Sept. 11 Flag Comes to World Youth Day
On Aug. 16, it led several hundred young people from the Diocese of Brooklyn towards their first destination: the opening ceremony for English-speaking pilgrims.
BY DAVID KERR (EWTN NEWS/CNA)
| Posted 8/16/11 at 4:14 PM
MADRID (EWTN News/CNA) — A U.S. flag that has appeared at every World Youth Day over the past decade in remembrance of 9/11 victims has arrived in Madrid.
The flag originally belonged to the family of a young Catholic woman from Brooklyn who was killed in the 2001 terror attack on the World Trade Center.
“This flag was given to the family of Suzanne Geraty,” said Father Gerard Sauer, chaplain to the World Youth Day pilgrims from the Brooklyn Diocese.
“She was a parishioner of mine, and I buried her,” he told EWTN News.
The 30-year-old was a systems-support worker for the financial services company Cantor Fitzgerald.
“So we honor her and all those who perished in 9/11 by bringing this flag to World Youth Day,” said Father Sauer, parish priest of St. Mel’s Church in Flushing, N.Y.
This is the flag’s fourth World Youth Day. It was first carried to Toronto, Canada, in 2002, then onto Cologne, Germany, in 2005 and, most recently, to Sydney, Australia, in 2008.
On Aug. 16, it led several hundred young pilgrims from the Diocese of Brooklyn towards their first destination: the opening ceremony for English-speaking pilgrims at Madrid’s Palacio de Deportes stadium.
“Well, it means a lot to me that I was chosen as the flag bearer today,” said 17-year-old Andrew Patrick from St. Patrick’s parish in Brooklyn as he made his way through the sun-baked streets of Madrid.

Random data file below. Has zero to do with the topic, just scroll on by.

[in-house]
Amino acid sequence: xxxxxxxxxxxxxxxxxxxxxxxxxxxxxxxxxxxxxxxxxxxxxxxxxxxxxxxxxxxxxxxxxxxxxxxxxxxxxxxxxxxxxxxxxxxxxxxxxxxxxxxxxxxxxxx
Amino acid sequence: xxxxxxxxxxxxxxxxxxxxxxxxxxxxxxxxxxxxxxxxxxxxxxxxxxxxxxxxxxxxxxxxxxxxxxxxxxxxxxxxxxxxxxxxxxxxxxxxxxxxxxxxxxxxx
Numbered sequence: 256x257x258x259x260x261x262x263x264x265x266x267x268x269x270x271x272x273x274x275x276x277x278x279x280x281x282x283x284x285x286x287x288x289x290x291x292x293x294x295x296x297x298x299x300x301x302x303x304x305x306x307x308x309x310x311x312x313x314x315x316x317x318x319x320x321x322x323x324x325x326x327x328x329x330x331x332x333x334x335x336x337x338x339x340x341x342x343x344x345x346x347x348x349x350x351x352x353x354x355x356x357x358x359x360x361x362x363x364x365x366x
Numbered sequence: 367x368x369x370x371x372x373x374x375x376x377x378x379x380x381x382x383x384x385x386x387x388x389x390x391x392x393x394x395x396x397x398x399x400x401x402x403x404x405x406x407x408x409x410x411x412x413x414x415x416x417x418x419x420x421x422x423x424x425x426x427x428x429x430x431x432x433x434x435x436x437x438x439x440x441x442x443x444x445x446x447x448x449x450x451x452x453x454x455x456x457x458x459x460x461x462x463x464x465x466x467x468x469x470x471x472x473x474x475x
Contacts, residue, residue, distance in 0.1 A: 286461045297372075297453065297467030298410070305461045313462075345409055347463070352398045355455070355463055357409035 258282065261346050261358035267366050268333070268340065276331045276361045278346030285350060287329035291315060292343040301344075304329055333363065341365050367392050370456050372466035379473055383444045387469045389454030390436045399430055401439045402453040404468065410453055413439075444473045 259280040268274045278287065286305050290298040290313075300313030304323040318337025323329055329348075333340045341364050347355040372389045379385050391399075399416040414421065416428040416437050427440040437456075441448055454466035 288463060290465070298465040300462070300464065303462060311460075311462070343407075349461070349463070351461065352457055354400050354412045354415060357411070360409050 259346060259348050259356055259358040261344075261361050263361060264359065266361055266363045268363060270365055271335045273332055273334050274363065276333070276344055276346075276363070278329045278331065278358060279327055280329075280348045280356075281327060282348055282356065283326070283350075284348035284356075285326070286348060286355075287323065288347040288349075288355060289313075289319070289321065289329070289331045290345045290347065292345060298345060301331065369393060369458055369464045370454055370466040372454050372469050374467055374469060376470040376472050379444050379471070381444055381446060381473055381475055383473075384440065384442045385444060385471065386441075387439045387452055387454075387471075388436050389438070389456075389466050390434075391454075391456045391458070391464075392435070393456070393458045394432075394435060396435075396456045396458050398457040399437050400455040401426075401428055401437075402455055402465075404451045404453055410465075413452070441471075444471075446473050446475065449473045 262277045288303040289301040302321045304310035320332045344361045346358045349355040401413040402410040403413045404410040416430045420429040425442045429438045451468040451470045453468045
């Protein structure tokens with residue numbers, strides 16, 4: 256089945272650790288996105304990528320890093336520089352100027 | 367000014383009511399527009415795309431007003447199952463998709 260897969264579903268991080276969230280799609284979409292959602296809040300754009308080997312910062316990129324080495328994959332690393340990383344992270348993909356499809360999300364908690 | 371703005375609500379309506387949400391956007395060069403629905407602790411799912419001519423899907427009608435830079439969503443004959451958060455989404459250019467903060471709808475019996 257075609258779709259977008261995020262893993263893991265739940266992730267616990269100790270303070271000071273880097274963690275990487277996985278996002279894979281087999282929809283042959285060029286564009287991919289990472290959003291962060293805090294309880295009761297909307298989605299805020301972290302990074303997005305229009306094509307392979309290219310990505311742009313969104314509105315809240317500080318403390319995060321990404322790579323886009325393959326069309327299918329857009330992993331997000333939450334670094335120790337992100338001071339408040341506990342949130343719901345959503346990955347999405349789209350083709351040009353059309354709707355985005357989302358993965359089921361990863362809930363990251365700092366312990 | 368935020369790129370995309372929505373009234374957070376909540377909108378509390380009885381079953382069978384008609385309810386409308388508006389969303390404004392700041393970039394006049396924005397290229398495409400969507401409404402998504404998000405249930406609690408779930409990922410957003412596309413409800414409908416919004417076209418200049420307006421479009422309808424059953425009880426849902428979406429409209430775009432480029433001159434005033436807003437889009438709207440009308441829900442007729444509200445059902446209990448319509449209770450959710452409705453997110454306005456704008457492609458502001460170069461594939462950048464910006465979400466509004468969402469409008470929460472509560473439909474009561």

“I just feel very proud of my country, very proud that I’m able to do this, very honored. And I’m glad that I can do this for my country.”
Walking behind Patrick were fellow pilgrims who seemed equally moved to be taking part.
“Yes, it means a lot to me. I know plenty of friends who lost family members in 9/11. I’m just proud to be an American today, as we’ve been able to bounce back and stand up for what we believe in,” said 17-year-old Christopher De Sciora, also from St. Patrick’s in Brooklyn.
“I really think it’s important to remember 9/11. I was only in the fourth grade when it happened, but it really changed the way we look at the world. So we should never forget,” said 19-year-old Matthew Freeze from Our Lady of Angels parish in Brooklyn.
Next month marks the 10th anniversary of the series of terror attacks upon the U.S. that claimed the lives of more than 3,000 people in one day.
Added Father Sauer, “This flag represents our city, our state, our country and an event that the whole world felt, actually.”
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